5. pigless in VA

    pigless in VA Active Member

    Definitely a win. :biggrin:

    Would your husband consider counseling either for himself or for the two of you together?
     
  6. MommaK

    MommaK Member

    He is looking for one, but our problems stem from him becoming emotionally attached to another woman. He provides for us financially, but that is it. I am the one dealing with our difficult child and not difficult child. Difficult child requires a lot of time and attention, obviously. Not difficult child is easy going and waits patiently for me to have time to spend with him, which I feel guilty about but that's another story. Husband is also very needy of my time and while I was dealing with kids he found a friend and she quickly became emotionally attached to her because she listens to him complain about me not having time, kids being difficult, house work not getting done. They both ride motorcycles so that is where it began because I don't have much time to ride with him.
     
  7. InsaneCdn

    InsaneCdn Well-Known Member

    He has a nine year old SON and he isn't spending time with HIM? Sorry. No excuses on that one. I kind of understand "dumping" a difficult daughter onto Mom - Dads just don't get the whole female hormone thing, and in your case, he has challenges of his own. But... he could take his SON riding with him. And do other things with SON. Who happens to be needing attention too.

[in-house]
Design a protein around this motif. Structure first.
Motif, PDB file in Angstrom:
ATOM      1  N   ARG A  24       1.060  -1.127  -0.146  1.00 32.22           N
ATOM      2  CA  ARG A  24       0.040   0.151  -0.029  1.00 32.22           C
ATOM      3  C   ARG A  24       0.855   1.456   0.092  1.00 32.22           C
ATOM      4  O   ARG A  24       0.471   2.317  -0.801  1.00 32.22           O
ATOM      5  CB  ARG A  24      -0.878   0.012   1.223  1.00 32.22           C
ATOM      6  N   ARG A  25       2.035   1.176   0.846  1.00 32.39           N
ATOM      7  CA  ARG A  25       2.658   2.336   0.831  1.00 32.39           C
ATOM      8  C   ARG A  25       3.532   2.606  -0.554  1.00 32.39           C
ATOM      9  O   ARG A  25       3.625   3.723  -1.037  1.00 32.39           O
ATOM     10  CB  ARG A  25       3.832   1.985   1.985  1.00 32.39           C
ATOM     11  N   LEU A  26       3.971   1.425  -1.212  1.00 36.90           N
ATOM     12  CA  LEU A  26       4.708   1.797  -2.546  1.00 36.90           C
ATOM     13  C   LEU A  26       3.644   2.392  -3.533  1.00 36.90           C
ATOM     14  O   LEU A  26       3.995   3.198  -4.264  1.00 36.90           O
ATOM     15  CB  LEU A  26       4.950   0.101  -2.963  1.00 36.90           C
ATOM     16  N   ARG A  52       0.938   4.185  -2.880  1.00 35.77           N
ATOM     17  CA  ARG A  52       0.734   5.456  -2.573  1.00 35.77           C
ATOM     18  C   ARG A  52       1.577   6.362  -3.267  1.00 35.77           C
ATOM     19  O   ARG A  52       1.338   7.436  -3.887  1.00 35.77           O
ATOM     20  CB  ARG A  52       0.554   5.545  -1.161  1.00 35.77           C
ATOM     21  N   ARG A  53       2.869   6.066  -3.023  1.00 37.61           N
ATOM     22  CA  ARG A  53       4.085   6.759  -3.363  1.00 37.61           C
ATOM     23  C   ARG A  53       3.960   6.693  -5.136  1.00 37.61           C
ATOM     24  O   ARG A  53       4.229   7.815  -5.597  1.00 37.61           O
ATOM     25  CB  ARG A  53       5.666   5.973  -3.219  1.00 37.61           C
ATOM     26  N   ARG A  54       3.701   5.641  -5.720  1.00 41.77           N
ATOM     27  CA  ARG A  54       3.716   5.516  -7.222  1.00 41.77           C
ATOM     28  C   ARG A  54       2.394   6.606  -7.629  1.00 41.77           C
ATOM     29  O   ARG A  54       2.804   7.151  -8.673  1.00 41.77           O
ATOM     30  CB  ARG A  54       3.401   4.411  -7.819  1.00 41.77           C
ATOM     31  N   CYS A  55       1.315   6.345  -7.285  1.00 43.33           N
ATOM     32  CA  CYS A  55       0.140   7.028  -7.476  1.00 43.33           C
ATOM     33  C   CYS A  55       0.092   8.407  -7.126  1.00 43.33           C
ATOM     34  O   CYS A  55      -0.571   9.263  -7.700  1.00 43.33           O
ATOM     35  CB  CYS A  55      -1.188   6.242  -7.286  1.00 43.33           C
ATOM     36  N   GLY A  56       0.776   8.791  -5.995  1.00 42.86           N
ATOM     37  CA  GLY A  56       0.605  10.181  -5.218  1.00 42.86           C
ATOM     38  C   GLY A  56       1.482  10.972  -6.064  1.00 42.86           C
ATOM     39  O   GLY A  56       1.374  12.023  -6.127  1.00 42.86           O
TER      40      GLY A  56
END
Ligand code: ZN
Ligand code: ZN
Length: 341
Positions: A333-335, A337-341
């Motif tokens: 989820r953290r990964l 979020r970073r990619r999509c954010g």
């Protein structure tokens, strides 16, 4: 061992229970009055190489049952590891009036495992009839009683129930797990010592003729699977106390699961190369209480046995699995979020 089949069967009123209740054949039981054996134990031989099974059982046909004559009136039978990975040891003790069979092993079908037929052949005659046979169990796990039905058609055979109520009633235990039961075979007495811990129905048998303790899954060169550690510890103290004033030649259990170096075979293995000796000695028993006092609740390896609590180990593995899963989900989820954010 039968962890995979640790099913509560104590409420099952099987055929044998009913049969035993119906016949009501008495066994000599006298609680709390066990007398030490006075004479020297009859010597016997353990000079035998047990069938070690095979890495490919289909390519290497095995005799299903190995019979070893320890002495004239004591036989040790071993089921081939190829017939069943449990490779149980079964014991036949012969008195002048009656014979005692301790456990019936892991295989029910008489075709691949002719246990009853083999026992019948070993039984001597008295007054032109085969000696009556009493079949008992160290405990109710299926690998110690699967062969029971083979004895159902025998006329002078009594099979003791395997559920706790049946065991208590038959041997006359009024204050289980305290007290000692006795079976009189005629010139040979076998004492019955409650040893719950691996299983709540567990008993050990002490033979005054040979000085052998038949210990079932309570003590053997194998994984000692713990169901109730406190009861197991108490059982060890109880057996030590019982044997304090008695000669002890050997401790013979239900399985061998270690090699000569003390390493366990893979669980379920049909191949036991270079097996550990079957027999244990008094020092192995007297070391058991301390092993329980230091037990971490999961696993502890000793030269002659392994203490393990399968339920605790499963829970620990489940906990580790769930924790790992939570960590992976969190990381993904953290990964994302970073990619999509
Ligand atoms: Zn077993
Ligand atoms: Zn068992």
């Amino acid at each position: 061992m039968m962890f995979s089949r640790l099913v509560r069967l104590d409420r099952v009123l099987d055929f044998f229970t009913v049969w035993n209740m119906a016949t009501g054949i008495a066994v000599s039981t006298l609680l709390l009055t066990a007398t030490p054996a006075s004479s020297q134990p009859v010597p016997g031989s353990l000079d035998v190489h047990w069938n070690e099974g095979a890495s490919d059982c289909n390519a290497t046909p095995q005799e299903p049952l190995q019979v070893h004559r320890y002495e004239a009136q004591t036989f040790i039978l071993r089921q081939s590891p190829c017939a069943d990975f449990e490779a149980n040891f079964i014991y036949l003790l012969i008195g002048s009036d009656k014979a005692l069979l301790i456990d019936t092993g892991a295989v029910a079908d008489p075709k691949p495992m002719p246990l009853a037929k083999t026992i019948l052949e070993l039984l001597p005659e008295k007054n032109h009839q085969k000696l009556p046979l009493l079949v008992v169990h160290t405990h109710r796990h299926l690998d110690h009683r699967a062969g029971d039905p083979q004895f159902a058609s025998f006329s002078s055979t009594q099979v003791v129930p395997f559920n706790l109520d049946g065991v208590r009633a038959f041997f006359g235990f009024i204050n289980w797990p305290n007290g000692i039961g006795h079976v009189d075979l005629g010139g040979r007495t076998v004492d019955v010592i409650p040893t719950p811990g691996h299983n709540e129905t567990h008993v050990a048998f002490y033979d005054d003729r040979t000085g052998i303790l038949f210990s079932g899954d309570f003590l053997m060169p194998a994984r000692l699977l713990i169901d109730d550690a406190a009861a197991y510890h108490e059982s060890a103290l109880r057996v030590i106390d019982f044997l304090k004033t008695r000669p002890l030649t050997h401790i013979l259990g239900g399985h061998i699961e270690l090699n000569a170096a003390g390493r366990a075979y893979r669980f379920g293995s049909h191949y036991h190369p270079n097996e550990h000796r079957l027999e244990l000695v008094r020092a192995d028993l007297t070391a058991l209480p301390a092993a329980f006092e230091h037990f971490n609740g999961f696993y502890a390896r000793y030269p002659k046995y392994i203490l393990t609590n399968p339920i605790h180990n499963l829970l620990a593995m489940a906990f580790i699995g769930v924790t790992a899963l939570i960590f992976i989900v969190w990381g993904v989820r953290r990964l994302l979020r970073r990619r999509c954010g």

Hugs. I feel for you.
     
  8. MommaK

    MommaK Member

    He and I had a come to Jesus meeting the 2 days ago. He rode 19 hours and 1032 miles home yesterday. I basically told him no more her if he wants to stay married to me. This is not the first time he has done this. It did lead to an 8 month separation the first time. The first tho became much more involved and lead to us both making some really bad decisions. Anyway after our talk he cut his trip a week short and came home. This morning on his own he got up and decided to take DS for breakfast and a motorcycle ride. It seems like he is much like our kids, they want to do what they want and damn the responsibilities, but at the same time they want us to set the limits and hold them responsible. We now begin to take steps again to rebuild what has been lost and try to fix what is broken. I won't give up on him. I cant. I simply don't know how to give up.
     
  9. SomewhereOutThere

    SomewhereOutThere Well-Known Member

    I'm am sorry about your husband. Yes, he sounds immature. Things get tough so he runs away to someone else...ugh. that is one thing I'm not sure I could get over. I admire you for being a bigger woman than I am. I hope things work out.

    On the other hand, I am so encouraged about your daughter and her wisdom about her bipolar and her willingness to take medications and work hard in therapy. To me, this is overall a BIG win for a young lady who will do what it takes to be well and happy.